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Adaptive estimation of quantum observables

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Ariel Shlosberg1,2, Andrew J. Jena3,4, Priyanka Mukhopadhyay3,4, Jan F. Haase3,5,6, Felix Leditzky3,4,7,8, and Luca Dellantonio3,5,9

1JILA, University of Colorado and National Institute of Standards and Technology, Boulder, CO 80309, USA
2Department of Physics, University of Colorado, Boulder, CO 80309, USA
3Institute for Quantum Computing, University of Waterloo, Waterloo, ON N2L 3G1, Canada
4Department of Combinatorics & Optimization, University of Waterloo, Waterloo, ON N2L 3G1, Canada
5Department of Physics & Astronomy, University of Waterloo, Waterloo, ON N2L 3G1, Canada
6Institute of Theoretical Physics and IQST, Universität Ulm, D-89069 Ulm, Germany
7Department of Mathematics and IQUIST, University of Illinois Urbana-Champaign, Urbana, IL 61801, USA
8Perimeter Institute for Theoretical Physics, Waterloo, ON N2L 2Y5, Canada
9Department of Physics and Astronomy, University of Exeter, Stocker Road, Exeter EX4 4QL, United Kingdom

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Abstract

The accurate estimation of quantum observables is a critical task in science. With progress on the hardware, measuring a quantum system will become increasingly demanding, particularly for variational protocols that require extensive sampling. Here, we introduce a measurement scheme that adaptively modifies the estimator based on previously obtained data. Our algorithm, which we call AEQuO, continuously monitors both the estimated average and the associated error of the considered observable, and determines the next measurement step based on this information. We allow both for overlap and non-bitwise commutation relations in the subsets of Pauli operators that are simultaneously probed, thereby maximizing the amount of gathered information. AEQuO comes in two variants: a greedy bucket-filling algorithm with good performance for small problem instances, and a machine learning-based algorithm with more favorable scaling for larger instances. The measurement configuration determined by these subroutines is further post-processed in order to lower the error on the estimator. We test our protocol on chemistry Hamiltonians, for which AEQuO provides error estimates that improve on all state-of-the-art methods based on various grouping techniques or randomized measurements, thus greatly lowering the toll of measurements in current and future quantum applications.

Quantum systems, as opposed to classical ones, are irreversibly destroyed every time they are measured. This has deep implications when one wants to extract information from a quantum system. For instance, when one must estimate the average value of an observable, it is often required to repeat the whole experiment several times. Depending on the measurement strategy employed, the requirements to achieve the same precision vary considerably. In this work, we propose a new approach that considerably lowers the resources on the hardware. Our strategy is adaptive, in the sense that learns and improves the measurement allocation while data is being acquired. Furthermore, it allows for estimating both the average and the error affecting the desired observable at the same time. Compared with other state-of-the-art approaches, we demonstrate consistent and considerable improvement in the accuracy of estimation when our protocol is employed.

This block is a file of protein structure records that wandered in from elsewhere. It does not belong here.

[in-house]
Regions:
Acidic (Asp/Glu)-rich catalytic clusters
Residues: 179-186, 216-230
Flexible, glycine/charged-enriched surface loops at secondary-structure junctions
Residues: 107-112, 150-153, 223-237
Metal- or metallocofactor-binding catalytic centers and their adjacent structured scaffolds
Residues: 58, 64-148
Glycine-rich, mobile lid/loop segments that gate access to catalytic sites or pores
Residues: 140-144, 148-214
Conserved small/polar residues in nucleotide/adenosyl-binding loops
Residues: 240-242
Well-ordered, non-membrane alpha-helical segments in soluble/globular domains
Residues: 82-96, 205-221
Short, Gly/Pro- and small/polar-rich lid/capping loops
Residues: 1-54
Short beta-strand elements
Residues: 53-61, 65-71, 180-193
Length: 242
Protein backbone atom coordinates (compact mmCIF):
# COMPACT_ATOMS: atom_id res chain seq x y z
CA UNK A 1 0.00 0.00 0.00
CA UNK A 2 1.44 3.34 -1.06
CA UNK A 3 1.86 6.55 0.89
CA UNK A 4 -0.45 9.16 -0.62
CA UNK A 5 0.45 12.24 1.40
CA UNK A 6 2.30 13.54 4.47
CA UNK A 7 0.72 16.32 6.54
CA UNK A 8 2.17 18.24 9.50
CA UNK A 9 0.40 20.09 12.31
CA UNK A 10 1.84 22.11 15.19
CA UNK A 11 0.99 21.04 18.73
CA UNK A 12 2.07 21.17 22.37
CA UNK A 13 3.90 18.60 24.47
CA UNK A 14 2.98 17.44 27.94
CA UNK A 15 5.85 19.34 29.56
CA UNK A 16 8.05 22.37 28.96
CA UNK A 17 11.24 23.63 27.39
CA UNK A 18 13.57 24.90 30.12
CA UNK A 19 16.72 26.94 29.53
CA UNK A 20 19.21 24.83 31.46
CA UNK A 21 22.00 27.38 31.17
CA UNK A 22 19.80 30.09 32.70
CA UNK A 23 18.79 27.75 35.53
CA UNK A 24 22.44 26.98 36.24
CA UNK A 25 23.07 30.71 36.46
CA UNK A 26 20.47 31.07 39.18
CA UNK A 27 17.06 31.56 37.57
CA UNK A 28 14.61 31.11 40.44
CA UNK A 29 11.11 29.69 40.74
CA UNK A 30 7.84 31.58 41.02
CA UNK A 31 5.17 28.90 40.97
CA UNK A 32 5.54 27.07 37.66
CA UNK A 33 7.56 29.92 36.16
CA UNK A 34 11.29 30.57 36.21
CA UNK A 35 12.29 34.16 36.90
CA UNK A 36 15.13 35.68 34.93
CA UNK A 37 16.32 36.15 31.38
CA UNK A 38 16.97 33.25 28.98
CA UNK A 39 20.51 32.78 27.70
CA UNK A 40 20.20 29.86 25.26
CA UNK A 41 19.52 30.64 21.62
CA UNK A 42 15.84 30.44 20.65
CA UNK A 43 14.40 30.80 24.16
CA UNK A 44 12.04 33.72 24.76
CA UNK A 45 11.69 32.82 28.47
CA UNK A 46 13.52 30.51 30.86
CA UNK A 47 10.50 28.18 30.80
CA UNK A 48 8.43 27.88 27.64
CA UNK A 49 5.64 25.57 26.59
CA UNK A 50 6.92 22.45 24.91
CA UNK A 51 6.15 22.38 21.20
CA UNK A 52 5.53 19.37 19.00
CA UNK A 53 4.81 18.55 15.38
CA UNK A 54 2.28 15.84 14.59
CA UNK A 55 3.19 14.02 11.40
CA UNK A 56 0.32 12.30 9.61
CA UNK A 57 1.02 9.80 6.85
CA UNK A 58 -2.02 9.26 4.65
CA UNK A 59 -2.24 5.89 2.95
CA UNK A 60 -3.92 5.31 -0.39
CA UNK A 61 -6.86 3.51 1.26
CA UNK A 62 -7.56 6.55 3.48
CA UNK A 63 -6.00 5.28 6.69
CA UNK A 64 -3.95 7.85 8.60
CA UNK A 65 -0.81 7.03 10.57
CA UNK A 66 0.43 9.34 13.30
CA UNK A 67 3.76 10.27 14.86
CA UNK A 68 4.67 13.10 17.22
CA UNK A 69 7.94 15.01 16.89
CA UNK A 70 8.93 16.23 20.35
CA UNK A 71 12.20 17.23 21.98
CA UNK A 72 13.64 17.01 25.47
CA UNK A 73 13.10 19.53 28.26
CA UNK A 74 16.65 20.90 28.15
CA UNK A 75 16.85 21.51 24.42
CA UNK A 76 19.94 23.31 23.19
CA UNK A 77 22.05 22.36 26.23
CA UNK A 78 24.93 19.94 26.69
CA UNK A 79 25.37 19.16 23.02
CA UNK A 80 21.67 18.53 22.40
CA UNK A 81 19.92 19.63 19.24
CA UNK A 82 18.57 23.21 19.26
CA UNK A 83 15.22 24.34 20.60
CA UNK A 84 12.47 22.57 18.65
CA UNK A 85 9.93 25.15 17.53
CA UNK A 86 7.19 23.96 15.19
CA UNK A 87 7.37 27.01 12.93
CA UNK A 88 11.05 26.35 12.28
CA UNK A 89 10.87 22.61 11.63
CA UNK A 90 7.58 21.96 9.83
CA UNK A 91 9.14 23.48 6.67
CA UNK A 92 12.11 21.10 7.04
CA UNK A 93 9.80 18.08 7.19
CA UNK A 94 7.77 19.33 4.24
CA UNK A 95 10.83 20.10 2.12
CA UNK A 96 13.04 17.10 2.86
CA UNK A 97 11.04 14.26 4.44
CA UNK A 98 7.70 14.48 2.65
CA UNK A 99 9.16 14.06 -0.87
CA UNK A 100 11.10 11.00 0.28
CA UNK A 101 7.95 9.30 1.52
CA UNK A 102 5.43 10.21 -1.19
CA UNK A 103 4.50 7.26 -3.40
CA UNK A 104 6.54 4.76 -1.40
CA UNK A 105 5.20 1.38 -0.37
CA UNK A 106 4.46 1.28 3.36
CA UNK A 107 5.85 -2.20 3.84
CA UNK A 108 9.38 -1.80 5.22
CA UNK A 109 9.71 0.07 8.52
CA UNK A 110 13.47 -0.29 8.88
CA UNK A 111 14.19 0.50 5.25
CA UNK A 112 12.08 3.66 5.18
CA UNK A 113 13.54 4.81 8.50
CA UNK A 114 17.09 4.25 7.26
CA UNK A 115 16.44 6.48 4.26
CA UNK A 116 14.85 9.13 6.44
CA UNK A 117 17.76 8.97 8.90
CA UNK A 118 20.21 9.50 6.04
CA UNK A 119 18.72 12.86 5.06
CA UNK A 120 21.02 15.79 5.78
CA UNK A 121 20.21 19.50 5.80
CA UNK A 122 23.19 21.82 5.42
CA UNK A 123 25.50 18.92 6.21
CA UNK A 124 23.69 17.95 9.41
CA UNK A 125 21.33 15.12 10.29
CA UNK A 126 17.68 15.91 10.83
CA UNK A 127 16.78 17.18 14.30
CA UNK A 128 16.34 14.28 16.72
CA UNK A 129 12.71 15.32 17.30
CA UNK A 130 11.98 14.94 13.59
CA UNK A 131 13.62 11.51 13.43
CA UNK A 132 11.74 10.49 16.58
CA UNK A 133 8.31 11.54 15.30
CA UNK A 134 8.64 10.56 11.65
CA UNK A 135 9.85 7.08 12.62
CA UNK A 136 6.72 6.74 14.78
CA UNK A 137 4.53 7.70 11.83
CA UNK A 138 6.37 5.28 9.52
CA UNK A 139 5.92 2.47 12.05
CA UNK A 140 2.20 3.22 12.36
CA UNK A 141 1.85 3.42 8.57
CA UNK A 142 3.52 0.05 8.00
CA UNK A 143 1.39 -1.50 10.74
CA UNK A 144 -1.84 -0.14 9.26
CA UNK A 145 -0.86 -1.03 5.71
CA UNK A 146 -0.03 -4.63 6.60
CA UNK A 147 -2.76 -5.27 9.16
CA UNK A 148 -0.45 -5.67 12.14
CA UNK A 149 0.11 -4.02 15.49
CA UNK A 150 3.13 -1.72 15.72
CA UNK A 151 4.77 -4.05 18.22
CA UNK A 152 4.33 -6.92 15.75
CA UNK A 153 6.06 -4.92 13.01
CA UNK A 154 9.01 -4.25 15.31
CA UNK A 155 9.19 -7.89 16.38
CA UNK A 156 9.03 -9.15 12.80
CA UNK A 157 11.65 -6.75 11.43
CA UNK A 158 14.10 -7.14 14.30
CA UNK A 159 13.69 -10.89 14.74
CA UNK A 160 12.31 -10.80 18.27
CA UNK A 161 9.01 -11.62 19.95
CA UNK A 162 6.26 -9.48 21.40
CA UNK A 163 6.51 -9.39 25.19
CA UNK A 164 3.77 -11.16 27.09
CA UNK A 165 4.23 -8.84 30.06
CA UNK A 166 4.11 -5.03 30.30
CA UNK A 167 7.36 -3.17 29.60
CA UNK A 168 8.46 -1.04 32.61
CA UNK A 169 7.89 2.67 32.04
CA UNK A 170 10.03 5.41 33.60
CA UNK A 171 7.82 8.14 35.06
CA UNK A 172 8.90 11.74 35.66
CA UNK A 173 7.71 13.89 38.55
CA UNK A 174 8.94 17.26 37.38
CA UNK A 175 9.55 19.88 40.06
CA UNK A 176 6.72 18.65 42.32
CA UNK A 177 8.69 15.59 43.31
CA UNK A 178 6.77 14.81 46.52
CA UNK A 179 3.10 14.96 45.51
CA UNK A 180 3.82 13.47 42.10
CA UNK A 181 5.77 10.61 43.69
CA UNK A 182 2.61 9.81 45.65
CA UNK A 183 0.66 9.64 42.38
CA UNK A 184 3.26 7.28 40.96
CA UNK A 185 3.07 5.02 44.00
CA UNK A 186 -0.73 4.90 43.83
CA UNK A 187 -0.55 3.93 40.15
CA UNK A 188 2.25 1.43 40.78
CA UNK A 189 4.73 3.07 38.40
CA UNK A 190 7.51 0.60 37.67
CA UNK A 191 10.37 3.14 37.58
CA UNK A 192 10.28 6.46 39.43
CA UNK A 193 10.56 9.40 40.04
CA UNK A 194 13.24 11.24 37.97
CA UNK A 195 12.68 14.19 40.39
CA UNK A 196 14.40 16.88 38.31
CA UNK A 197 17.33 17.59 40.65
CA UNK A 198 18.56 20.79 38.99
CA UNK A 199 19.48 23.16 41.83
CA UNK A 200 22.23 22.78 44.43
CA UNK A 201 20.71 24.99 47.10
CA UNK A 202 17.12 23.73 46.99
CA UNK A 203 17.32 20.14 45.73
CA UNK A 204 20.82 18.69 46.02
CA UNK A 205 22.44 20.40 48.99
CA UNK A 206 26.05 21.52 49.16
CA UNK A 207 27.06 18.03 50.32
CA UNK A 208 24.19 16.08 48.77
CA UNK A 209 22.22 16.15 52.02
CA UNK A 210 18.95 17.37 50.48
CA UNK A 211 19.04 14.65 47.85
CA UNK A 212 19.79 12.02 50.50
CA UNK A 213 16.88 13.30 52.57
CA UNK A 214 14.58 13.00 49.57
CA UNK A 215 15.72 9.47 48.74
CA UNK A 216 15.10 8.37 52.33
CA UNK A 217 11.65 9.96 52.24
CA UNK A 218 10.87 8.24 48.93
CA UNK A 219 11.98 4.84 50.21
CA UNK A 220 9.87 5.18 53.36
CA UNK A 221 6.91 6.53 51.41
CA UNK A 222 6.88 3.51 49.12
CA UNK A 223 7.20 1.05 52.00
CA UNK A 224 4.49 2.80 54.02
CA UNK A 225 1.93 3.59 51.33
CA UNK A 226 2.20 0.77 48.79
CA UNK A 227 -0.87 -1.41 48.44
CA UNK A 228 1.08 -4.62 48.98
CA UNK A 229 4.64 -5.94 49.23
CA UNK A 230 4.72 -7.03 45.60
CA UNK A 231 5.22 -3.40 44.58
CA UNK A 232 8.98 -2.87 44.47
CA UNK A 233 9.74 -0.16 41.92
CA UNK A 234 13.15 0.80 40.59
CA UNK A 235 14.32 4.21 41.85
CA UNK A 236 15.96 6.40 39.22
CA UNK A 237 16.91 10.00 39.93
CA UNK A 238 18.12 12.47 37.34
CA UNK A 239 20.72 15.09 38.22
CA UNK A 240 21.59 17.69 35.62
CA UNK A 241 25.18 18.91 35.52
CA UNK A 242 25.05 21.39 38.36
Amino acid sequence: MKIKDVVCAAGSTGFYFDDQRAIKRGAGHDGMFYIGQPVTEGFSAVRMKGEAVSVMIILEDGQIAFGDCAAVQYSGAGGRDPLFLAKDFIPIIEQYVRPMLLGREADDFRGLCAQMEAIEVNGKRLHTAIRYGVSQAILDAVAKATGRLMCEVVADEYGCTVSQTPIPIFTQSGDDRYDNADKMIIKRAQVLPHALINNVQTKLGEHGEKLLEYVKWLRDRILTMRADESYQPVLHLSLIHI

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Cited by

[1] Andreas Elben, Steven T. Flammia, Hsin-Yuan Huang, Richard Kueng, John Preskill, Benoît Vermersch, and Peter Zoller, “The randomized measurement toolbox”, Nature Reviews Physics 5 1, 9 (2023).

[2] Zachary Pierce Bansingh, Tzu-Ching Yen, Peter D. Johnson, and Artur F. Izmaylov, “Fidelity overhead for non-local measurements in variational quantum algorithms”, arXiv:2205.07113, (2022).

[3] Masaya Kohda, Ryosuke Imai, Keita Kanno, Kosuke Mitarai, Wataru Mizukami, and Yuya O. Nakagawa, “Quantum expectation-value estimation by computational basis sampling”, Physical Review Research 4 3, 033173 (2022).

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[6] Bojia Duan and Chang-Yu Hsieh, “Hamiltonian-based data loading with shallow quantum circuits”, Physical Review A 106 5, 052422 (2022).

[7] Daniel Miller, Laurin E. Fischer, Igor O. Sokolov, Panagiotis Kl. Barkoutsos, and Ivano Tavernelli, “Hardware-Tailored Diagonalization Circuits”, arXiv:2203.03646, (2022).

[8] Francisco Escudero, David Fernández-Fernández, Gabriel Jaumà, Guillermo F. Peñas, and Luciano Pereira, “Hardware-efficient entangled measurements for variational quantum algorithms”, arXiv:2202.06979, (2022).

[9] William Kirby, Mario Motta, and Antonio Mezzacapo, “Exact and efficient Lanczos method on a quantum computer”, arXiv:2208.00567, (2022).

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The above citations are from SAO/NASA ADS (last updated successfully 2023-01-26 13:33:05). The list may be incomplete as not all publishers provide suitable and complete citation data.

Could not fetch Crossref cited-by data during last attempt 2023-01-26 13:33:03: Could not fetch cited-by data for 10.22331/q-2023-01-26-906 from Crossref. This is normal if the DOI was registered recently.

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